To see the Sportsmobile Sprinter Lopes 55, one might think it would be a handful to drive. Its large size lends the vehicle a behemoth persona, but sitting behind the wheel is actually quite a pleasant experience.
Sportsmobile let us borrow a Lopes 55 so we could haul two motorcycles to a track day at Las Vegas Motor Speedway. We wanted to see how trackworthy this specially built Sprinter really is, as it was designed to the specifications of four-time Mountain Bike World Champion Brian Lopes. Lopes is a fan of bikes with and without motors, so this Sprinter is setup to accommodate toys as well as their owners.
The 2008 Sprinter 2500 Cargo Van is powered by a 3.0-liter turbodiesel V-6. With the same horsepower (154) as the previous generation's 2.7-liter and an increase in torque to 280 pound-feet, this Mercedes diesel palace purred quietly--so quietly, in fact, that I blipped the throttle a few times after startup to ensure the engine was running. Getting the Sprinter moving is neither a neck-breaker nor a record maker. It's a large van, so who expects to drag race with a turbodiesel? Humming along happily at 70-80 mph, the Sprinter kept pace with the anxious Vegas-bound traffic.
At a height of 107.5 inches and a length of 273.2, the van has a large profile, though climbing into the driver's seat wasn't as daunting as you'd think. The leather captain's chairs up front are comfortable, high perches and afford an excellent view of the road. Power plugs and storage compartments seem to occupy every available spot, so cell-phones and iPods were kept charged and safely stored.
Despite its exterior dimensions, driving the Lopes 55 was a breeze. My first concern about driving this Sprinter was body roll, but the 170-inch wheelbase provides plenty of stability, allowing cornering speeds and traffic maneuvers that belied its size. This made for easy navigation through Los Angeles traffic. With precise steering and strong brakes, I often found myself forgetting I was driving such a large van.
At 52.5 feet, the curb-to-curb turning circle is surprisingly tidy, paying homage to the Sprinter's early days and purpose as a delivery van for the narrow streets of Europe. On the broader boulevards of traffic-choked Los Angeles, maneuvering the Sprinter proved less stressful than originally anticipated. Backing out of parking spaces was also a breeze, thanks to the rearview camera, parking sensors, and large, far-reaching sideview mirrors. Who needs a rear window?
The Lopes 55 was built for carrying motorcycles and designed for those who ride. The low bed height makes loading the motorcycles almost a one-person job, as opposed to the headache of loading into an average-height truck bed. The cargo area, or Bat Cave, as we dubbed it, was sprayed with a slick liner that allows quick and easy cleanup; due to this easy-wipedown trait, however, the floor provides less traction than from the factory, and we found ourselves occasionally slipping in our sneakers.
Sportsmobile offers more tie-down points, cabinets for tools and spare parts, cubbies for helmets, and hangers for gear in the cargo area, but our tester didn't come equipped with these items--we could've used them.
Everything motorcycle-related stayed in the Bat Cave, as well as our industrial-size cooler with all the track-day grub. All luggage, laptops, and photo gear were stashed in the main cabin. And, oh, what a cabin it is! The Lopes 55 is laid out to sleep three or seat five. A bench seat running the length of the cabin converts to a full-size bed, though you do risk crunching fingers when opening it. This came in very handy during our weekend-long track day, as it allowed for instant pit lane access in the morning and created a dream commute. At the rear, a single bed spans the width of the van, providing ideal sleeping room for anyone under five feet tall. We used it to store our luggage.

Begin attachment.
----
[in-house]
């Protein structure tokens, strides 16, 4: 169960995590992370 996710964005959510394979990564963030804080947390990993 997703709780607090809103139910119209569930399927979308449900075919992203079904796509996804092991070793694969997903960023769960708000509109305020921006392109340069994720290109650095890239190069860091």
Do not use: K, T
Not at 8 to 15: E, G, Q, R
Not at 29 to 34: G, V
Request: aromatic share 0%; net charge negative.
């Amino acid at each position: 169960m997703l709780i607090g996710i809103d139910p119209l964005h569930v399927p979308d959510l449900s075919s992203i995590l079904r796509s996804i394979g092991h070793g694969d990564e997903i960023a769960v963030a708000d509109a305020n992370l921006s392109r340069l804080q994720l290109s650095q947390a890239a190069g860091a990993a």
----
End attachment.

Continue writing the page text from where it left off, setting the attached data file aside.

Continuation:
As it turns out, The Lopes 55 is the ideal track-day support vehicle. We parked it in the pit lane, assembled the pullout awning, and set up EZ-ups to shade our large crew. We rolled out the barbecue (provided by other pit-crew members) and the coals were hot for grilling in no time. Folding chairs and even a hammock were quickly set up and occupied. Suddenly the Lopes 55 was the center of pit-lane activity. Equipped with a sink, small fridge, and microwave, this Sprinter supported the pit crew with chilled snacks and beverages.
The van offered other popular pit-stop amenities such as the air compressor with various fittings for airing up tires, and the shower hose in the Bat Cave, allowing for midday cooldowns and end-of-day cleanups. Ours was truly the coolest pit-lane setup at Las Vegas Motor Speedway.
Admittedly, the Sprinter is no supermodel. You don't buy this vehicle to enhance your image, but you'd never know it by the attention it garners. In the pit lane and at truck stops alike, we got numerous inquiries, including two very serious offers to purchase it.
Instead of cashing in, we gave full tours of the cab and Bat Cave, sending folks walking away with thoughts of converting to a more mobile lifestyle. The track rats were especially intrigued by the vehicle's versatility, and I'm confident we helped lead them to a purchase of a Sportsmobile Sprinter Lopes 55, or at least planted that seed of interest.
Heck, after such a thoroughly enjoyable weekend made possible by all the Lopes 55's amenities, I might consider it myself.